On July 25, 1984, 9-year-old Dawn Venice Hamilton was violated and killed in a wooded suburb of Baltimore, not long after two boys had seen a strange man accost her. Days later, young ex-Marine Kirk Bloodsworth abandoned his alcoholic wife and troubled life in Baltimore for his hometown of Cambridge, Md. He told several people he'd done something bad. That unfortunate choice of words helped convince detectives and prosecutors that their flawed homicide investigation was righteous -- and almost sent Bloodsworth to the gas chamber.

What took place on Larry King was your typical debate with three guests. One of the guests was a prosecutor who tried to defend why Mr Bloodsworth would have been charged with his crime according to the facts given.

This woman was COLD and her attitude was cruel towards the guest-a man who suffered great loss for his false accusation. As I watched, it was clear that the prosecutor who tried Mr Bloodsworth made a HUGE mistake and because of pride & insecurity could not admit wrong doing.

Even after being released from prison--death row--this prosecutor acted as through he was still guilty (in attitude) defending her profession. And that was the core issue I walked away with--the prosecutor was more concerned with winning than the truth, and winning meant a big notch on the career belt-buckle.

Man is SELFISH to the core! This really is an act of evil--to use another human being for self gain, even to the point of putting him to death.

Ironic that the prosecutor was trying a man accused of killing and they are as guilty--not in motive, but in attitude. Even after DNA proved without a doubt he was innocent, this prosecutor still walked in arrogance.

Bottom line: I walked away thinking how childhood relations on the school playground NEVER change in the corporate world.

The necessity of humility was needed as a child, and is still needed for change!

Jim Watters said...

Your comments are so on target. We desperately need to be more like Jesus and less like ourselves. Thanks so much for your writing. Blessings - Jim

dorsey said...

Regarding Olympic Calm,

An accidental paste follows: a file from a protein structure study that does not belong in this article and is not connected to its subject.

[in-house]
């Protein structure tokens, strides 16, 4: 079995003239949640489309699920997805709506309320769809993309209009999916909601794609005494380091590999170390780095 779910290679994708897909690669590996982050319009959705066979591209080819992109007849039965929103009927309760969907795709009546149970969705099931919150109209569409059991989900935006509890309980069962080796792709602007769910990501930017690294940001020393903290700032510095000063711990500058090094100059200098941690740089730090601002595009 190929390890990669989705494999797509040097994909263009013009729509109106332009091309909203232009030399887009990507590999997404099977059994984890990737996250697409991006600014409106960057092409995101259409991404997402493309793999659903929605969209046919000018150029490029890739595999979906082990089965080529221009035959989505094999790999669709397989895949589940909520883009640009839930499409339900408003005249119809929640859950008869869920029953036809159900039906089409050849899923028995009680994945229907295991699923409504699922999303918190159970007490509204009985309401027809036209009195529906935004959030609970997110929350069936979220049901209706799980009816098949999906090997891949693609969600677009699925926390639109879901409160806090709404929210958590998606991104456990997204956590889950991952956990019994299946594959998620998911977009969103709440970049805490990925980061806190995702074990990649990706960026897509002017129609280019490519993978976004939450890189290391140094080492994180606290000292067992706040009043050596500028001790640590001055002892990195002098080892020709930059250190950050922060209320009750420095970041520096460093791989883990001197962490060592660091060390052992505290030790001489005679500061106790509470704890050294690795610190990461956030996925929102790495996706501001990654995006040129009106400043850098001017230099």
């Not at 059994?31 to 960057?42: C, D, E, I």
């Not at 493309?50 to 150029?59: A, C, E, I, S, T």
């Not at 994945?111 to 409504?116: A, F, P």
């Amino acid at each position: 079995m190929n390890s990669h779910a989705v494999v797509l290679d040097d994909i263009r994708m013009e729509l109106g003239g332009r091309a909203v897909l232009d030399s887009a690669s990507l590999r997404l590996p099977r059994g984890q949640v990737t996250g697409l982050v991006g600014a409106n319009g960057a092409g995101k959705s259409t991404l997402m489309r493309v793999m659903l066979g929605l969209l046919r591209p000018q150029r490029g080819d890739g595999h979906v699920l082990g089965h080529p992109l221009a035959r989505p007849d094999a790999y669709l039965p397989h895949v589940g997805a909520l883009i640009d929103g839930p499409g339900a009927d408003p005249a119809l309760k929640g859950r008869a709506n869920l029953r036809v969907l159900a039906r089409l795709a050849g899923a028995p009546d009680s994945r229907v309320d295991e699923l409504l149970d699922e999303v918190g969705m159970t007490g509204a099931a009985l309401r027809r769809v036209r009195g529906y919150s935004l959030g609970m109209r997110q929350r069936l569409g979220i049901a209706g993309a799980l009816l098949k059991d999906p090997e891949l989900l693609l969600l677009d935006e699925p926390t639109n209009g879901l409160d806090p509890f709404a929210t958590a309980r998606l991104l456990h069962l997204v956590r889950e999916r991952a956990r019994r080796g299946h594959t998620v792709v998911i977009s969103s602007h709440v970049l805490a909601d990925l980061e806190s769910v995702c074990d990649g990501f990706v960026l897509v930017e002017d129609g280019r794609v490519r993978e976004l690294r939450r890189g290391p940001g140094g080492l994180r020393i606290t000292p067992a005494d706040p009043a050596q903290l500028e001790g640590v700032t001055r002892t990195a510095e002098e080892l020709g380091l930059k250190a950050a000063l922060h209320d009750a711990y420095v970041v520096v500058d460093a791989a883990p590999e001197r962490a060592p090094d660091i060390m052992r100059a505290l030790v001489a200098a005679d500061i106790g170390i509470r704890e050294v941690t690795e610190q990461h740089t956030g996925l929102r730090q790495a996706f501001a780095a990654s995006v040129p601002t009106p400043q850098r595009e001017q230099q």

What the producer failed to recognize, and what should have frightened the hell out of him, was that the attorney's placid demeanor wasn't neccesarily an accurate barometer of his inner determination. It was a poker-face.

The lawyer could be calm, because he knew the power at his disposal. I mean, it's easy for me to not get riled, so long as I know that I have the means and the guts to cut up this guy's prize thoroughbred and put it in bed with him.

In my dealings, I always try to under-promise, and over-deliver. It's another way of walking softly and carrying a big stick. In a way, it's Christ-like. I hope this doesn't sound sacreligious, but Jesus had some brass ones. That's the highest compliment I can think of. Jesus never got ruffled, because He understood the depth of His committment to obedience. And He understood the power at His disposal.

We need to do that. We need to understand the power behind us, and the depth of our determination.

Now I have to go get that movie.

dorsey said...

I did it. After that last comment, I went to Amazon and bought the whole Godfather Trilogy on DVD. I can't wait to watch that scene.

Stephen said...

Hi Dorsey, I'll have to get Paramount to give me a cut! :)

thanks.

Stephen said...

hi anon,

to answer your question - it didn't occur to me earlier that ec folks might need to apply conflict resolution stuff to internal conversations but recent events indicate that might be helpful.

D. P. said...

Very interesting post! Thanks for helping me see this issue from a different angle.

Anonymous said...

I always use a variation of this line from the Godfather to end my "conversations" with evangelical Protestants who try to sell me on their version(s) of the gospel at the expense of Gospel (Godfather Fans will recognize this as Don Corleone's polite, steel-under-velvet refusal of Solazzo's offer to get into the narcotics business):


"...good luck to you -- as best as your interests don't conflict with my interests. Thank you."

Anonymous said...

emergesque, very, very lame...

Have you ever considered what might be behind Tom Haden's cool demeanor in the face of Woltz's insults and threats? What might have given him the "confidence of the Christian with 5 Aces?" Vile murderous intent backed with a bunch of wetwork goons. Now how are these things related to Christ, to Christian humility?

What's next? Your "exposition" on Revelation 3:20 ("Behold, I stand at the door and knock..") and the scene near the beginning of the film when your beloved Haden knocks on the door to summon Sonny and the door is knocking back?

No wonder Emergent is such a mess!

Stephen said...

anon,

i think you bring up an important cautionary! my using this scene as an illustration should not be understood as a statement that this is a film that primarily celebrates Christian virtue!